Surprising Creativity and Sense of Humor Found in Chinglish
Posted: Mar 11, 2019
The "Chinglish" is getting hot again - in a more unusual and surprising way this time. It's not an translation error on a road sign or a restaurant menu that will simply leave you speechless and laugh this time, but some very innovation new "English words" created from nowhere by the Chinese people, some good examples including: "Smilence" (smile quietly), "Emotionormal" (emotion in peace), "Chinsumer" (the Chinese tourists who shop a lot when traveling overseas) and the Vegeteal (a Web game about "stealing the planted vegetables"). Chinese netizens spread and play with these Chinglish words over the online forums, blogs and games, while more new words are still being invented and come into frequent use.
Ironic enough, the connotation of the term "Chinglish" has been evolving, developing and expanding extraordinarily over the time. At the begin, the Chinese people used this term to mock on those learners who speak broken English. Later, some native English speakers began to collect and spread those catchy and funny misuse of the English around all corners in China's cities and country sides. People's attitude toward Chinglish is changing from refusal and mocking to appreciation and even encouragement. Language is the most sensitive reactor of the change of times. Behind the prosperity of Chinglish is the closer communication between China and foreign countries and the enhancement of China's international influence -- after "Long time no see" and "Good Good study, day day up", more Chinglish may become the daily language of the English speakers.
Chinglish has been defined as English with Chinese phonetic, grammatical and lexical features. Still, Chinglish is on the agenda because of the large number of foreigners coming to China to work, live and travel. The most influential Chinglish is the English on public signs and restaurant menus, which on the Internet appear in the tens of thousands, mostly taken by foreigners and accompanied by pictures. For example, "Please take good personal luggage" is written as "Please take good personal luggage", and "First under on, take riding with civility" is written as "First under on, take riding with civility". According to the "authors" of these funny text, they originally only tried to "get bilingual version" for these text shown on the subway stations, tourist attractions, restaurants and other public signs without giving a second thought of their correctness. Some just took a dictionary or use Google translation software to finish the job, hoping that not many people would ever notice that. But as more and more foreigners here, they notice first in English, so these funny errors emerge one by one.
Many visitors to China may have noticed a great many confusing yet funny English signs like this. A local translation agency went deeper to compile a huge list of 140 pictures for this type of hilarious Chinese-English translation fails: https://www.actranslation.com/knowledge/fun/hilarious-translations.htm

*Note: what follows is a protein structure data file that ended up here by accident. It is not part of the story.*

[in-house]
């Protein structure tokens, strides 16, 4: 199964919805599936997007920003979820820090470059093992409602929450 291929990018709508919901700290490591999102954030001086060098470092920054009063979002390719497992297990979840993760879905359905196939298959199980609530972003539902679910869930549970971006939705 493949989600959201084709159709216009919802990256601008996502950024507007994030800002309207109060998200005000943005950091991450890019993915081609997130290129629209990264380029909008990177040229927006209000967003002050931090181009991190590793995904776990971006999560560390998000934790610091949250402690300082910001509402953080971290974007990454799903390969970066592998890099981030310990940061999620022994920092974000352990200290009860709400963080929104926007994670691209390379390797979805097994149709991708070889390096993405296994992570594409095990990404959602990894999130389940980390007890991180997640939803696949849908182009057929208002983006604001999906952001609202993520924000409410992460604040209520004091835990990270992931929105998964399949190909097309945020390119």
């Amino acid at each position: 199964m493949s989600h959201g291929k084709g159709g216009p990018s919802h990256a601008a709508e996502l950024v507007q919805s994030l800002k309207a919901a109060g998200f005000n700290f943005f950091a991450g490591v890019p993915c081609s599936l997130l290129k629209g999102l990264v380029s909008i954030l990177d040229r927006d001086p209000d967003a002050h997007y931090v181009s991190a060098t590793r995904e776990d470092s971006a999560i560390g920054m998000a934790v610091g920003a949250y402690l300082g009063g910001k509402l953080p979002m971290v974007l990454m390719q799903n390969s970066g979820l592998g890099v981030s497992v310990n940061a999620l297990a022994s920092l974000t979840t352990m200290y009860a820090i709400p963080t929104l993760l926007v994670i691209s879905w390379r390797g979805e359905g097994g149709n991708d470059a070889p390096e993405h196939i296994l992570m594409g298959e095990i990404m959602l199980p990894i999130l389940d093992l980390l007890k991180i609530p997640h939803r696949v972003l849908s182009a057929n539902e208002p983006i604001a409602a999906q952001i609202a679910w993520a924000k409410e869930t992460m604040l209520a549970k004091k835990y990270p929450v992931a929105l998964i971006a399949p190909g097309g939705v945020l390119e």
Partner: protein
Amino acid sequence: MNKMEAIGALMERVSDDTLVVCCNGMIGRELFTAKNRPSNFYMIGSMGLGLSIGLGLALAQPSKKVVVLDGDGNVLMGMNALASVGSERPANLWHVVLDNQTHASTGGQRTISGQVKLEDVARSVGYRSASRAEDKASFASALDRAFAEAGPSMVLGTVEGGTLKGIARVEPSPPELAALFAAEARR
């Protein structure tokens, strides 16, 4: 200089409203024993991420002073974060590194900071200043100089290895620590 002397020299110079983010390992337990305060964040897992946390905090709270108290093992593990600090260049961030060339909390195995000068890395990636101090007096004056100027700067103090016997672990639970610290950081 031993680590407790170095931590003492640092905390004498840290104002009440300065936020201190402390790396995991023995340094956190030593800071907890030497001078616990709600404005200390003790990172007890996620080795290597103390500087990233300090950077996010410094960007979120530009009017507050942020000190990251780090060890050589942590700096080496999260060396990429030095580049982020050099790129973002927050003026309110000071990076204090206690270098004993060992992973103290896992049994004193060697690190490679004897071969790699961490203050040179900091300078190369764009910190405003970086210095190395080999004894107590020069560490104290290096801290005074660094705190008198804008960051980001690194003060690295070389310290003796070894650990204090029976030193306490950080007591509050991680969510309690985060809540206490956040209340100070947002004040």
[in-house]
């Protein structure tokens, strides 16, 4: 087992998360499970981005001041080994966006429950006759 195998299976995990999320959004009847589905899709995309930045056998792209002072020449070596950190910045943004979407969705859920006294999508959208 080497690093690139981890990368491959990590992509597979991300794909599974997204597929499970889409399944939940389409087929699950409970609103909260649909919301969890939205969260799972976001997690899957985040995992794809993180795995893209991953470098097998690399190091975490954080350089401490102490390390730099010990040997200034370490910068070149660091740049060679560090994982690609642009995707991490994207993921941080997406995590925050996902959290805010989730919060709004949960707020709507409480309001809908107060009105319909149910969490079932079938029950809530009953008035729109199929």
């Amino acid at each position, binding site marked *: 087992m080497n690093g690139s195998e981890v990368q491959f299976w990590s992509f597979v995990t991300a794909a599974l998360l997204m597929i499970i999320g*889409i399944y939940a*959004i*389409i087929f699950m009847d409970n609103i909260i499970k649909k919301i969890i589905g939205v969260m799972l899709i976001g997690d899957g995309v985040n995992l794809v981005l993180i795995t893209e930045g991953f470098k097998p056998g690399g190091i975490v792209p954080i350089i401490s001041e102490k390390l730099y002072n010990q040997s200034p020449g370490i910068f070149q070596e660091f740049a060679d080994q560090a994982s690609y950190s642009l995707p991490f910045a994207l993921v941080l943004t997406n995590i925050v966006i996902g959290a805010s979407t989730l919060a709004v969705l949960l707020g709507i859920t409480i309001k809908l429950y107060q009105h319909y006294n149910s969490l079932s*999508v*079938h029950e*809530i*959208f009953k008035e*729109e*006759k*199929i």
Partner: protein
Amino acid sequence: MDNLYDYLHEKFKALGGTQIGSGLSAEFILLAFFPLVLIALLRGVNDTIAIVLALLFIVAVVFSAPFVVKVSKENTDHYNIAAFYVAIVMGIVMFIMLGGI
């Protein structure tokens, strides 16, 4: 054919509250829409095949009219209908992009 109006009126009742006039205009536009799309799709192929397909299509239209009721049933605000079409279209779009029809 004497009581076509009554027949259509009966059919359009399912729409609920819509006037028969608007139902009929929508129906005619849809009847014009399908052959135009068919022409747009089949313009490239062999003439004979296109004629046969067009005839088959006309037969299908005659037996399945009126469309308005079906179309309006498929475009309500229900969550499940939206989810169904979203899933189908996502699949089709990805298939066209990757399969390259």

Surprisingly, many native English speakers seem not some "hatred" about the Chinglish. Perhaps it has something to do with the encouragement of foreign friends. At present, many Chinese people have begun to create their own English words and sentences in their own way, such as "Smilence". There are also some words that literally translate Chinese wisecracks, creating misalignment and funny effects, such as "We two who and who? (we are close friends), "If you want money, I have no. If you want life, I have one." (no money for you. Kill me If you dare), "American Chinese not enough (small flaw in a perfect thing). Xinhua reported that it was "a Chinese pun to enrich the English language" - and that it was an innovative form of Chinglish.
Many native English speakers' fondness for Chinglish may seem surprising, but it's actually easy to understand. Just as we see foreigners learning Chinese, even if the frequency of mistakes, will not look down upon each other. While the Chinese who are learning English are trying to correct the wrong usage of Chinese style factors, many foreigners are collecting and sorting the English that is scattered in every corner. Of course, there are also foreigners who act as "language translators" and try to help Chinese cities correct their English mistakes, like David du of Beijing international studies university. But, as the guardian reported, more foreigners find Chinglish "horribly wrong", adding flavour to alphabetic language. For foreigners visiting China, it has become fashionable to photograph Chinglish signs and upload them online. More than 4,000 Chinglish photos have been posted on the photo-sharing website Flickr, and foreigners are even starting to talk about which scenic spots and cities have the most Chinglish. For example, Lianhua mountain in Guangzhou is home to several well-known Chinglish sites.
The Texas-based Global Language Monitor (GLM) gives glowing praise to Chinglish from a global perspective and from the perspective of English language development. Since 2005, Chinglish has been listed as one of the top 10 words that affect the world. According to GLM, Chinglish is bringing profound changes to English. A large number of Chinese words have entered English and become the main source of new English words, accounting for 20%. Each year, they will select the most popular Chinglish of the year, such as "No Noising" (" Quiet,please "in English) in 2006," Question Authority "(" Information Booth" in English), Deformed Man Toilet (" Handicapped Restroom "in English) in 2008, Airline Pulp (" Airline meal"). The English language is "Food Served Aboard Airlines"). According to GLM, Chinese has a surprising complexity and richness, and its ability to produce new words and accept foreign ones is very strong, while Chinglish is a "welcome mixture".
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